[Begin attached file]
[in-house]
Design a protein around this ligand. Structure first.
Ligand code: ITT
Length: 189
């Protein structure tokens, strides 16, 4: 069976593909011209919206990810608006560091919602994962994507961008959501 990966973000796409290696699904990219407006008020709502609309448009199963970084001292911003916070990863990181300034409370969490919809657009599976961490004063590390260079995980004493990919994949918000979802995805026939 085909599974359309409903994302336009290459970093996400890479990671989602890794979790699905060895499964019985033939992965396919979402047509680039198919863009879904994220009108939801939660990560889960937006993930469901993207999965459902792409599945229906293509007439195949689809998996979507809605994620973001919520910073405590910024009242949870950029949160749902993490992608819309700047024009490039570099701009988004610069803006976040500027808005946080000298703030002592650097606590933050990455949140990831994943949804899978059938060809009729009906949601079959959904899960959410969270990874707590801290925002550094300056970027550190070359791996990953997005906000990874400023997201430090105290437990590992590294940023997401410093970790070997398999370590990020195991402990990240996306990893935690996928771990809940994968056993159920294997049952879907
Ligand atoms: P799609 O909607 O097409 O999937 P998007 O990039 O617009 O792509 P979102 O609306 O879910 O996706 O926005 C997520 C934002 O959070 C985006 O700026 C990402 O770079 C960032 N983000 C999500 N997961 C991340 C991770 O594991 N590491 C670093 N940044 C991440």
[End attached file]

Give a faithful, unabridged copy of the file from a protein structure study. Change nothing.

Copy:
[in-house]
Design a protein around this ligand. Structure first.
Ligand code: ITT
Length: 189
């Protein structure tokens, strides 16, 4: 069976593909011209919206990810608006560091919602994962994507961008959501 990966973000796409290696699904990219407006008020709502609309448009199963970084001292911003916070990863990181300034409370969490919809657009599976961490004063590390260079995980004493990919994949918000979802995805026939 085909599974359309409903994302336009290459970093996400890479990671989602890794979790699905060895499964019985033939992965396919979402047509680039198919863009879904994220009108939801939660990560889960937006993930469901993207999965459902792409599945229906293509007439195949689809998996979507809605994620973001919520910073405590910024009242949870950029949160749902993490992608819309700047024009490039570099701009988004610069803006976040500027808005946080000298703030002592650097606590933050990455949140990831994943949804899978059938060809009729009906949601079959959904899960959410969270990874707590801290925002550094300056970027550190070359791996990953997005906000990874400023997201430090105290437990590992590294940023997401410093970790070997398999370590990020195991402990990240996306990893935690996928771990809940994968056993159920294997049952879907
Ligand atoms: P799609 O909607 O097409 O999937 P998007 O990039 O617009 O792509 P979102 O609306 O879910 O996706 O926005 C997520 C934002 O959070 C985006 O700026 C990402 O770079 C960032 N983000 C999500 N997961 C991340 C991770 O594991 N590491 C670093 N940044 C991440």